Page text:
|Publication number||US6252291 B1|
|Application number||US 09/162,629|
|Publication date||Jun 26, 2001|
|Filing date||Sep 28, 1998|
|Priority date||Sep 28, 1998|
|Also published as||CN1249538A, EP0991125A1|
|Publication number||09162629, 162629, US 6252291 B1, US 6252291B1, US-B1-6252291, US6252291 B1, US6252291B1|
|Inventors||Paul R. Woods, Ignacio J. Perez|
|Original Assignee||Agilent Technologies, Inc.|
|Export Citation||BiBTeX, EndNote, RefMan|
|Patent Citations (11), Referenced by (7), Classifications (13), Legal Events (12)|
|External Links: USPTO, USPTO Assignment, Espacenet|
This invention relates to semiconductor circuits, and more particularly to circuits having multiple conductor layers.
In the design and development of semiconductor integrated circuit chips, it is often necessary to generate several iterations until an ideal design is reached. At each iteration, performance characteristics are measured and analyzed, and adjustments made to tune performance as needed. In addition, design requirements may change, requiring further changes. These issues are particularly significant for Application-Specific Integrated Circuit (ASIC) chips, which must be designed from standard elements for each new product or application.
To avoid the substantial cost and time delay to regenerate the multiple masks needed for the multiple layers of a chip upon each iteration, ASIC chip are typically provided with extra cells, or blocks of gates or other standard functional circuit elements. These cells may include complex blocks or may be simple electronic elements. When design revision is needed for a new iteration, experimental changes may be made to the existing chip by operationally connecting or disconnecting a spare cell as needed to the existing main circuitry. This enables design revision options to be tested promptly and without the substantial cost of a new mask work set. The changes may be made by focused ion beam (FIB) technology, which may be used to sever existing metal traces, or to deposit a conductive “jumper” to connect existing traces. This may be used to supply power to a spare cell, and/or to connect the input or output of such a cell to the primary circuitry, thus inserting it in the circuit.
In addition, the use of spare cells of circuit elements is also useful for implementing experimental changes proven by FIB modification in a prototype, because the needed circuit element already exists on the multiple mask layers, and it is generally necessary to change only one metal mask layer to connect the cell into the primary circuitry. Thus, the modified circuit may be manufactured without changing most existing masks, and without using the FIB techniques that are impractical for efficient and reliable manufacturing.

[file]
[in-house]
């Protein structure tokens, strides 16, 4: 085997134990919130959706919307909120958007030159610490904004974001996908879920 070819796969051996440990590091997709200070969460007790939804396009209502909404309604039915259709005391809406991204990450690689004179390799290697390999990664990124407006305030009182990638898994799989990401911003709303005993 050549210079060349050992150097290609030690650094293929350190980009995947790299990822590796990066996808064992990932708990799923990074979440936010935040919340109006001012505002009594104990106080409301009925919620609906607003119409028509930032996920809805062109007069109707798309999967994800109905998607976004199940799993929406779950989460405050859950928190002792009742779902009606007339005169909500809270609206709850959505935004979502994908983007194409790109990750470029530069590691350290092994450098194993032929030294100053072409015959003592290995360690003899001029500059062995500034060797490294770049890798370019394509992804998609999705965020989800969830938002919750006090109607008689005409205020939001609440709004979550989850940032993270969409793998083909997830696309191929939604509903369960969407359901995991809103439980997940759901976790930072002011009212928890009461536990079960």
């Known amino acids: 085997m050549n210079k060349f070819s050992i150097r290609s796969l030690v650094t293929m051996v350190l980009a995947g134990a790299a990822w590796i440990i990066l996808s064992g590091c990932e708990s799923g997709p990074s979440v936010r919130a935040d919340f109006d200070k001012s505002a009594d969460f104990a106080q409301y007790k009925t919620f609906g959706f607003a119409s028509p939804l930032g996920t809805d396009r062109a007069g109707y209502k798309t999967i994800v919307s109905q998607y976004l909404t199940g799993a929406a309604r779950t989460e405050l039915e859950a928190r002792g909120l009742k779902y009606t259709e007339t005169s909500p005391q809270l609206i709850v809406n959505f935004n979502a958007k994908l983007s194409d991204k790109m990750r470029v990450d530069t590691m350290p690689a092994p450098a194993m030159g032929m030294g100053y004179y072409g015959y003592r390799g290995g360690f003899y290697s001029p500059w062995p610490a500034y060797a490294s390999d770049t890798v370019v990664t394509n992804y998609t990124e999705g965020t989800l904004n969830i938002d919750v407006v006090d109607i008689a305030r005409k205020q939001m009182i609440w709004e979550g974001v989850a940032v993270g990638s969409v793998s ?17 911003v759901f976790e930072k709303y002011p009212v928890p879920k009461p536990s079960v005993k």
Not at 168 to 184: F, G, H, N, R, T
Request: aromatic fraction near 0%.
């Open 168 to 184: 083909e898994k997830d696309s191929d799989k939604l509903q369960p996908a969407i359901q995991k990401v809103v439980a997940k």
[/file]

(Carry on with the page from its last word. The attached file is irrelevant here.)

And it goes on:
While the use of spare cells of circuit elements and FIB modification is effective for development of some existing integrated circuits, it is often unsuitable for the increasingly fine and dense metal patterns on many newer chips, particularly those with increasing numbers of metal layers. This is because a metal trace that one might desire to access is inaccessible beneath other metal layers. Whether one needs to sever the trace or to connect a jumper trace, it may be impractical to do so without damaging overlaying circuitry that must remain undisturbed.
The present invention overcomes the limitations of the prior art by providing an integrated circuit chip having a substrate with several overlaying metal layers. A lower metal layer is adjacent the substrate and an upper layer is spaced above the lower layer. The chip has circuitry including a number of circuit elements, and a number of access elements, each associated with and electrically connected to one of the circuit elements. Each access element includes first and second terminals in the lower layer, and an elongated span element in the upper layer. The span element has a first end overlaying and electrically connected to the first terminal and a second end overlaying and electrically connected to the second terminal. One of the terminals may be connected to provide power or a connection to the input or output of the associated circuit element. The chip may then be modified by severing the span element, or by connecting the span element to other circuitry on the chip to disable or enable operation of the circuit element.
FIG. 1 is a simplified plan view of an integrated circuit chip according to a preferred embodiment of the invention.
FIG. 2 is an enlarged view of a circuit element according to the embodiment of FIG. 1.
FIG. 3 is an enlarged view of a pair of access elements according to the embodiment of FIG. 1.
FIG. 4 is an sectional view of an access element taken along line 4—4 of FIG. 3.
FIG. 5 is an enlarged view of a pair of access elements according to the embodiment of FIG. 1 in modified conditions.
FIG. 1 shows an application specific integrated circuit (ASIC) chip 10 having a plurality of interconnected circuit elements or cells 12, each of which typically has a standardized function, and which are arranged to provide a customized chip function. Although a limited number of large cells are illustrated for clarity, actual chips typically contain hundreds of thousands of cells, with ongoing increases being anticipated. The chip circuitry includes several spare circuit elements or extra cells 14. These are selected to have functions that may be desired in the event of a chip design refinement, such as often occurs during development and prototyping. Some of the spare cells are typically disconnected from the primary circuitry elements 12, and others may be electrically connected, and optionally disconnected for testing design changes.
As shown in FIG. 2, each spare cell 14 includes a functional circuit block 16, and one or more access elements 20, with two being preferred in the illustrated case. In a typical instance, the circuit block 16 is a logic circuit including a set of interconnected gates, and having a logic input line 22, and an output line 24. The input and output lines are connected to respective access elements, as will be discussed below. The access elements 20 have respective external connection lines 26 that extend from the cell 14, and which may connect to other circuitry if desired. In alternative embodiments, the circuit block may include any circuitry or component that is used on an integrated circuit, with one or more access elements providing a connection to any electrical node on the included circuitry. The circuitry need not be digital logic circuitry, but may include any electronic component or components including active analog elements, or passive components. The access elements need not be connected to input or output lines, but may additionally or alternatively be connected to any of power, ground, clock, control, signal or other lines that a circuit element might employ, and which would be useful for enabling, disabling, or modifying circuit function.